Reflecting on 2015

Casual Observations

This is a casual observation, not based on any scientific research but…this seems to be the first year that retailers really felt the impact of online buying. Consumers will still go to the stores to touch, feel, look at and listen to products, and to some extent, to buy them. For many, the ease of buying online compared to looking for a parking space and standing in a checkout line, is just too attractive. I know that’s the case at our home.

In economic news, GDP grew at an annual rate of 2% during Q3. Consumer spending held up well, and inventory accumulation was negative, as businesses work to manage dollars tied up in inventory, and reduce what many get to pay taxes on at year end. Annualized inflation was just 1.3% during Q3, and personal income was up 0.3% in November.

Earlier this year, the DOL issued new guidelines regarding Independent Contractors. On July 15, David Weil, Administrator for the US Dept. of Labor’s Wage and Hour Division, issued an Administrator’s Interpretation concerning the Fair Labor Standards Act (FLSA). The memo specifically addressed the test to determine if an individual is an employee or an independent contractor.

This new interpretation is an aggressive interpretation of Independent Contractor, and concludes that most workers are employees under the FLSA’s broad definitions. Interestingly, the DOL, contrary to protocol, declined to submit this new interpretation for comment by the public. If you’d like a summary of this new interpretation, let us know and we will forward it to you.

Over the weekend, I began reading a history of the Leningrad Symphony and its composer, Dmitri Shostakovich. Shostakovich came of age in St. Petersburg Russia, just as Lenin and Stalin were taking over from Tsar Nicholas II. It’s difficult for me not to draw comparisons between this overbearing edict by DOL, and the behavior exhibited by Stalin and his goons.

The Third Bucket, a parable co-authored by yours truly and Rick Cope, is a short parable about the positive life impact of learning to give from assets rather than cash flow. It recently finished in the top ten for self-published books, according to Outskirts Press. You can learn more, and order your copy, at, or wherever books are sold.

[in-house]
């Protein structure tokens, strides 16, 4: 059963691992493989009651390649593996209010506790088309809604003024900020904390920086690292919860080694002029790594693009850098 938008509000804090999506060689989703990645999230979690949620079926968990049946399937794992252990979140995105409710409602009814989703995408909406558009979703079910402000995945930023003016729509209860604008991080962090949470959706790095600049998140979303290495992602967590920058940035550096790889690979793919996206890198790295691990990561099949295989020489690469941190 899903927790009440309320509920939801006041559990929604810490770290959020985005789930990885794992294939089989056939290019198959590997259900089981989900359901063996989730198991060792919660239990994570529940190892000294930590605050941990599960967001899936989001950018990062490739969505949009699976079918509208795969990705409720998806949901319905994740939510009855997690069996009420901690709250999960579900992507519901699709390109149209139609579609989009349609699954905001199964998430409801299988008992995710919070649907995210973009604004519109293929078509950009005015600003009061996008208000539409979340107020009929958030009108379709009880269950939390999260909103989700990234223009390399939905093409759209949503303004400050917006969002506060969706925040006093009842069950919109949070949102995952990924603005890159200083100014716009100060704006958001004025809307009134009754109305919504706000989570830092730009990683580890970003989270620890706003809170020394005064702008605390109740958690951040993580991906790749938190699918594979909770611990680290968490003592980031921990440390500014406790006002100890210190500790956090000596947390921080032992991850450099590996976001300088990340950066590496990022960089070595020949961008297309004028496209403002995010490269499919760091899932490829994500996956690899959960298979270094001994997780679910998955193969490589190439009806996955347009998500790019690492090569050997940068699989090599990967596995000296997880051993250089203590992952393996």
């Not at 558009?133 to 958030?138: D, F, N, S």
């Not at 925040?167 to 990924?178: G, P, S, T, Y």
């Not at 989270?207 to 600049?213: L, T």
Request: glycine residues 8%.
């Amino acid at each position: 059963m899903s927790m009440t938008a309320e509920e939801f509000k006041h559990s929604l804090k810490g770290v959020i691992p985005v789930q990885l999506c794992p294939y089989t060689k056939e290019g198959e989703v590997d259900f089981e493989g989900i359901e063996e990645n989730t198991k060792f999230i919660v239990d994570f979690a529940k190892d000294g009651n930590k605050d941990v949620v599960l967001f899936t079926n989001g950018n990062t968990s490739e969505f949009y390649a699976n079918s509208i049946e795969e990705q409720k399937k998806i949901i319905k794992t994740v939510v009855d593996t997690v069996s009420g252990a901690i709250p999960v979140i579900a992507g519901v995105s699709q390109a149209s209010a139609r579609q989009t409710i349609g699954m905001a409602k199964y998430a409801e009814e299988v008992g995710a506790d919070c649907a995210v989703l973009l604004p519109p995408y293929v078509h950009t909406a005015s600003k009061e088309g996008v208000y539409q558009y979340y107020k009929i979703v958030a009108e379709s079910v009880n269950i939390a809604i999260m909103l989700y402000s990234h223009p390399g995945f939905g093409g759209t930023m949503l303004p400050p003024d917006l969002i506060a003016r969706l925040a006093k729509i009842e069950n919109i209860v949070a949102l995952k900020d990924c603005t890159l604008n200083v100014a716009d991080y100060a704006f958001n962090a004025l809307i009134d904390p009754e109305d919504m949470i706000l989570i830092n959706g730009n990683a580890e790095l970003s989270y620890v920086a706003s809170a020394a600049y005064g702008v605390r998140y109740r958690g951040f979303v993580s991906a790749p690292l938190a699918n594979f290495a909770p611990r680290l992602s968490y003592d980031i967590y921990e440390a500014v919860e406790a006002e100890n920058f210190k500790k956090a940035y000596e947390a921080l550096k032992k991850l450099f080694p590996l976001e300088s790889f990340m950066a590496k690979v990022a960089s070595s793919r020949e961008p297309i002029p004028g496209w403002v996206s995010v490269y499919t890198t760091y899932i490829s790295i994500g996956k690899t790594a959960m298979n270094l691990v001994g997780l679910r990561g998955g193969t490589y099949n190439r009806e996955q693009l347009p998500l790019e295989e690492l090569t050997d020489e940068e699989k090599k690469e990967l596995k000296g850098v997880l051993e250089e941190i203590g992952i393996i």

As we wrap up another year, we often make the opportunity to stop and reflect on the year we are finishing, and the one ahead of us. Some thoughts along those lines.

It must be human tendency for each of us to judge ourselves based on our worst moments, and to give ourselves too little credit for those things we do well. Or, perhaps that’s just a function of specific personality types. For those Type A’s or High D’s in particular, my encouragement would be to extend to yourself the grace you so willingly extend to others.

Life ebbs and flows, some years are deemed better than others, and there are lowlights and highlights. This seems to be the case whether we are reflecting on relationships, our business or work life, our financial statements, or our health. There are years where all seems to go wrong, and others where we are hitting on all cylinders. I expect for most of us, each year is a mix.

What’s interesting is that from those experiences that felt so difficult, can come lessons that multiply the quality of life as we move forward. We definitely don’t want to repeat those difficult times, yet we wouldn’t trade what we learned for anything.

Quote of the week:
“In spite of discouragement and adversity, those who are happiest seem to have a way of learning from difficult times, becoming stronger, wiser, and happier as a result.” – Joseph B. Wirthlin


Randy Brunson
Randy Brunson is the founding shareholder of Centurion Advisory Group. Mr. Brunson
has invested most of his thirty five year career in the area of financial services.

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